GeminiFocus January 2018 | Page 9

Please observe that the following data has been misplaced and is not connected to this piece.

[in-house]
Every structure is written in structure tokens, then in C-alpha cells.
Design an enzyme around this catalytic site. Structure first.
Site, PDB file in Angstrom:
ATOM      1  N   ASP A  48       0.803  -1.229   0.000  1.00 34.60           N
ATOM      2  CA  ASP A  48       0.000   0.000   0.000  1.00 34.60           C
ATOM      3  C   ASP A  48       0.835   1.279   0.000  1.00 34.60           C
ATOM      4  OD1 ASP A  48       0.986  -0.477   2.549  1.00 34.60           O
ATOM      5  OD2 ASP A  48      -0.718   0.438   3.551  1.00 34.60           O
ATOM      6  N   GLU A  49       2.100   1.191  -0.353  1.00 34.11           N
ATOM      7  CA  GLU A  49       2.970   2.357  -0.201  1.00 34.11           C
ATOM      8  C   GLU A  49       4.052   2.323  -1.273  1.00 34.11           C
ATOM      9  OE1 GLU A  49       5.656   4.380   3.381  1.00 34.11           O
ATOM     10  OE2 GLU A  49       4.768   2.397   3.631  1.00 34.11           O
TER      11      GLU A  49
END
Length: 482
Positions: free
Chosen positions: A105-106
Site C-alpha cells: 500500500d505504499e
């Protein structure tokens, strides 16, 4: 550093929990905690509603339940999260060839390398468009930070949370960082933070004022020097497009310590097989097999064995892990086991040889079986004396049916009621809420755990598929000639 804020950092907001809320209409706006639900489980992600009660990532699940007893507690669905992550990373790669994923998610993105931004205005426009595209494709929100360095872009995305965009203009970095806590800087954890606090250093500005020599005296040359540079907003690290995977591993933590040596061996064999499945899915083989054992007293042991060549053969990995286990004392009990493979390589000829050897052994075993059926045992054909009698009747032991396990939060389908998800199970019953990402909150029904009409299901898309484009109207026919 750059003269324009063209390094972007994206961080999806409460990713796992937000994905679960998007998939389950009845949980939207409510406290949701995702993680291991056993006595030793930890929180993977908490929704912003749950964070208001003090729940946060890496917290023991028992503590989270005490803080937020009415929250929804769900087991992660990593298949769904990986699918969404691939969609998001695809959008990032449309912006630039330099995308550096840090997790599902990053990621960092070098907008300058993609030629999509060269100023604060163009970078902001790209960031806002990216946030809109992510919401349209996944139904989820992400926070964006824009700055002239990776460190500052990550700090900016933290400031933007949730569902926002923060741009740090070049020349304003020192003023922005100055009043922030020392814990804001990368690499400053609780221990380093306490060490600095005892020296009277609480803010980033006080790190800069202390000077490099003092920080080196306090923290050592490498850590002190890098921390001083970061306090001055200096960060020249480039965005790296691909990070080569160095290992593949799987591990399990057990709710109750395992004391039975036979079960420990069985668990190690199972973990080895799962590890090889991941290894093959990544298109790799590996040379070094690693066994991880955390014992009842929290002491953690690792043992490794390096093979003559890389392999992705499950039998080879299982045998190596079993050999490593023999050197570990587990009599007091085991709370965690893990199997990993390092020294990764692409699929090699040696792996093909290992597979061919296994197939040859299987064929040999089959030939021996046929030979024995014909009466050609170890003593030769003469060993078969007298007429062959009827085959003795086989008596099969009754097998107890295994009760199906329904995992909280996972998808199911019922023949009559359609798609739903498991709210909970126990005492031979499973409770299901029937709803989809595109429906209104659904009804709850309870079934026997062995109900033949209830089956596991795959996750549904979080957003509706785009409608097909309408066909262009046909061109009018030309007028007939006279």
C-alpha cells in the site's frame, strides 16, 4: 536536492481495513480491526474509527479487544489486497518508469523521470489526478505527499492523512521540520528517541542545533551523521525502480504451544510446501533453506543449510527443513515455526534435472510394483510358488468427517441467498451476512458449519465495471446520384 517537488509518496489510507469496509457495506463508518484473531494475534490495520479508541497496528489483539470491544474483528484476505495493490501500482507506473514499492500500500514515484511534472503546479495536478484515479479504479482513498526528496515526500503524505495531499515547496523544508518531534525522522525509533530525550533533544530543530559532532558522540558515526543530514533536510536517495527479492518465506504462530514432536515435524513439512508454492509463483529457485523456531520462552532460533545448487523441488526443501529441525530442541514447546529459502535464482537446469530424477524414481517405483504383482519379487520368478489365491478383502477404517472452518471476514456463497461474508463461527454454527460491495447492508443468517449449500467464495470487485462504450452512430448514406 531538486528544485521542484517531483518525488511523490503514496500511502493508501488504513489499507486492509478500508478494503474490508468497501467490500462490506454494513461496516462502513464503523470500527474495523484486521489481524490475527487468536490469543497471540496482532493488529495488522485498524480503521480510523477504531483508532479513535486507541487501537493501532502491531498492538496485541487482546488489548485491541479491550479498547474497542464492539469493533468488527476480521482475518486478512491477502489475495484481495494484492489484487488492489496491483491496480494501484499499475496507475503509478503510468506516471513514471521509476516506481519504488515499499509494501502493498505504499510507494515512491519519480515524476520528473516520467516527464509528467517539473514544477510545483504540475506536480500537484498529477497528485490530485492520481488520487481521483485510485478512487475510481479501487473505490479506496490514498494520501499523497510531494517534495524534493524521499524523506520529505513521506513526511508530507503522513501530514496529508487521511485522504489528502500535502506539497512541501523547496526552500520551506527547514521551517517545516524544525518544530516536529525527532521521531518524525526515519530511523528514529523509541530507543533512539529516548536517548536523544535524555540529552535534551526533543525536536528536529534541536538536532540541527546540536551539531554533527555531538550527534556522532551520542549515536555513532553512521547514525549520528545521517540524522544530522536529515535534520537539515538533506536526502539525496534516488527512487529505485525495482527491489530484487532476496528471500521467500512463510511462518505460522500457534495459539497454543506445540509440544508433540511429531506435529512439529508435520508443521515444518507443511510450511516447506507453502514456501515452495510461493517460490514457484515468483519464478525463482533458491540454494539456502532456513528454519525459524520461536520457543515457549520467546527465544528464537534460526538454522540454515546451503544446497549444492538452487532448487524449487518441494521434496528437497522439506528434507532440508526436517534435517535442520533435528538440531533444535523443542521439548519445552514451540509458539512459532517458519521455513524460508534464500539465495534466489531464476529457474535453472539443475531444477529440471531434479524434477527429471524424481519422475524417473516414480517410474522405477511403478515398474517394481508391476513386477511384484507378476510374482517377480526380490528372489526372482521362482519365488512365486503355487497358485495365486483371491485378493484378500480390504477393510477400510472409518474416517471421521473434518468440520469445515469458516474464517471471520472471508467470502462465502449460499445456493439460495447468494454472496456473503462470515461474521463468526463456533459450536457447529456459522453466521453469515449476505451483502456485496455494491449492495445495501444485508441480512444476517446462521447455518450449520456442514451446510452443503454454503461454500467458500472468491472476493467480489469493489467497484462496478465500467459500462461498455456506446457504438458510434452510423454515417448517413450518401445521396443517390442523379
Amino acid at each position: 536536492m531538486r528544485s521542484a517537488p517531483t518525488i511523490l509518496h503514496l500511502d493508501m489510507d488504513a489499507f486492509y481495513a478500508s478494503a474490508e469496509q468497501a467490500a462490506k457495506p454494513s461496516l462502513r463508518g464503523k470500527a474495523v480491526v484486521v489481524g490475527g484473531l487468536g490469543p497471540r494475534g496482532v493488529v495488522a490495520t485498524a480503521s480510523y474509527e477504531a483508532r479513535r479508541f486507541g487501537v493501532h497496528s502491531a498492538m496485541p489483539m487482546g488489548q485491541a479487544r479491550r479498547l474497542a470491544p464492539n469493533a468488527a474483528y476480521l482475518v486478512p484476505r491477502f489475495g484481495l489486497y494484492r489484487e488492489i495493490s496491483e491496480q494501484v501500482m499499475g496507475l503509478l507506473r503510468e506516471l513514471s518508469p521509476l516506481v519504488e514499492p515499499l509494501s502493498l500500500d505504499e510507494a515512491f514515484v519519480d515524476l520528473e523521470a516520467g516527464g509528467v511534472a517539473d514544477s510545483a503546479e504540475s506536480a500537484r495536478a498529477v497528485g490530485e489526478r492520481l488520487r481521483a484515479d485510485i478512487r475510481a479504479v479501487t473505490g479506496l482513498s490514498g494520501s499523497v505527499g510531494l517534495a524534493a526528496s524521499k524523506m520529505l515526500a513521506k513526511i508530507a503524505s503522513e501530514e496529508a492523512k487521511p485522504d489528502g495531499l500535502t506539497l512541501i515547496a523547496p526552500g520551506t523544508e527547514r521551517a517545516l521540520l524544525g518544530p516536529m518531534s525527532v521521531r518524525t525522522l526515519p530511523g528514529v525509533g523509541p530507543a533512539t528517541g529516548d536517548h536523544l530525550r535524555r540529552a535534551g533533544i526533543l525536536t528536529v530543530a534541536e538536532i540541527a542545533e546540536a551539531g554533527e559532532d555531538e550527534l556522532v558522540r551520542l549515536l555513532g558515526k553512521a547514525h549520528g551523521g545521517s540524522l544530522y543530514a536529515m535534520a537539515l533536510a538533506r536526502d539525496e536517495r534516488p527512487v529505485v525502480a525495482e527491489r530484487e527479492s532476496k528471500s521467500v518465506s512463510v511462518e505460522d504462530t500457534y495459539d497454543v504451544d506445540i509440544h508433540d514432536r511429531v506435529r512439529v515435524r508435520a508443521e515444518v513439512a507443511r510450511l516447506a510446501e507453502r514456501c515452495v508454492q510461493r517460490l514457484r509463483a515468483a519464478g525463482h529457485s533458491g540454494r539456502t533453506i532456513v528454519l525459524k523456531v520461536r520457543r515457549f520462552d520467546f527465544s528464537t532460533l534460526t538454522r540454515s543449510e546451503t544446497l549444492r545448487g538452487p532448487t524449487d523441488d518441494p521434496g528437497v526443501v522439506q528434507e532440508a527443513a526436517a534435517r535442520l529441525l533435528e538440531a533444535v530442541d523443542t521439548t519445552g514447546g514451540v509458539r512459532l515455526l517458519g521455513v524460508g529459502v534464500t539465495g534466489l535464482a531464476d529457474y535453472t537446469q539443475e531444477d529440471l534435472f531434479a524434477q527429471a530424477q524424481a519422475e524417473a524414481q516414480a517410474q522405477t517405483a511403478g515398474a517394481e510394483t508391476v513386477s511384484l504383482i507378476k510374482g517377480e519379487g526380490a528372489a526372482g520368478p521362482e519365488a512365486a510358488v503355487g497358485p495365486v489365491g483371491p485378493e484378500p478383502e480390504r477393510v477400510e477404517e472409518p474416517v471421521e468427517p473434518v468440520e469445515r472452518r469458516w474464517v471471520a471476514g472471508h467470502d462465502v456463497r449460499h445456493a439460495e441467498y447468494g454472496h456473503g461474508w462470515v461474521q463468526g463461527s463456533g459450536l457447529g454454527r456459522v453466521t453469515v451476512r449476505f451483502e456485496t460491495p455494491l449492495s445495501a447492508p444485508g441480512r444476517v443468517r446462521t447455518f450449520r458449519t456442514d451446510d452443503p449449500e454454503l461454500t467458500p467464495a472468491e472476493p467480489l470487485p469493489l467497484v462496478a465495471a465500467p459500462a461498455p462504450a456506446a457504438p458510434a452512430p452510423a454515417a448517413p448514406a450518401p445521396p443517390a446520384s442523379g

ous observations at Gemini, we found that the light curve does not repeat itself — there are small differences from one rotation to the next,” explained Siyi Xu, an astronomer at Gemini Observatory and a coauthor on the study. “The most likely explanation is that this object is ‘tumbling’ — its rotation axis is not aligned with its principal axis.” These results have been submitted for publi- cation, and a preprint is available online. Catastrophic Remains The “tumbling” motion of ‘Oumuamua as it travels through space suggests that it may have experienced a catastrophic collision in the distant past, perhaps the event that sent it, and likely myriad compatriots, careening across the cosmos. However, another pre- print by Bannister’s team points out that tidal torquing during close encounters and out- gassing events can also set a body tumbling. It is unlikely that ‘Oumuamua is unique. The Large Synoptic Survey Telescope, now under construction near the Gemini South tele- scope in Chile, will begin operations in a few years and is expected to find many more of these interstellar wanderers. What will be their shapes, colors, and trajectories? The Gemini telescopes will be ready to charac- terize these new discoveries as well. Notably, the forthcoming OCTOCAM instrument on Gemini South will enable high-cadence ob- servations in eight wavelength bands simul- taneously, a truly revolutionary innovation for such follow-up studies. Predictably, science fiction allusions abound- ed in the wake of ‘Oumuamua’s passage through our neighborhood. Most common- ly, the reference was to the Arthur C. Clarke novel in which an enormous cylindrical ob- ject, dubbed Rama, arrives in our Solar Sys- tem on a hyperbolic orbit and executes a gravitational “slingshot” maneuver during a close passage to the Sun. However, at 50 kilo- January 2018 meters across, the fictional Rama was about 100 times larger than ‘Oumuamua and was spinning on its symmetry axis, rather than tumbling headlong. Another comparison, inspired by the name ‘Oumuamau, can be made to Carl Sagan’s novel Contact, in which a message is detect- ed from the direction of the star Vega in the constellation Lyra. Tracing back the trajec- tory of ‘Oumuamua, one finds that it likewise points to Lyra, very near the position of Vega. It is tempting to imagine that this messenger has come to us from the debris disk known to encircle that brilliant star that stands almost directly overhead, beckoning us from amidst the stream of the Milky Way on midsummer nights in the Northern Hemisphere. Alas, the Milky Way is dynamic, and one mil- lion years ago, roughly when ‘Oumuamua would have been at the distance of Vega, the star itself was in a very different place. Neither the signal in Sagan’s novel, nor our recent interstellar visitor, truly originated in the Vega system. However, both emissar- ies carried the same message, and it is one worth pondering in our turbulent times. The meaning is most succinctly encapsulated in the final two lines of a very different piece of literature, a poem by the great Argentine writer Jorge Luis Borges: “Más allá de este afán y de este verso Me aguarda inagotable el universo.” A popular, though loose, English translation of the work puts it as follows: “Beyond these efforts and beyond this writing The universe awaits, inexhaustible, inviting.” John Blakeslee is the Chief Scientist at Gemini Observatory, located at Gemini South in Chile. He can be reached at: [email protected] GeminiFocus 7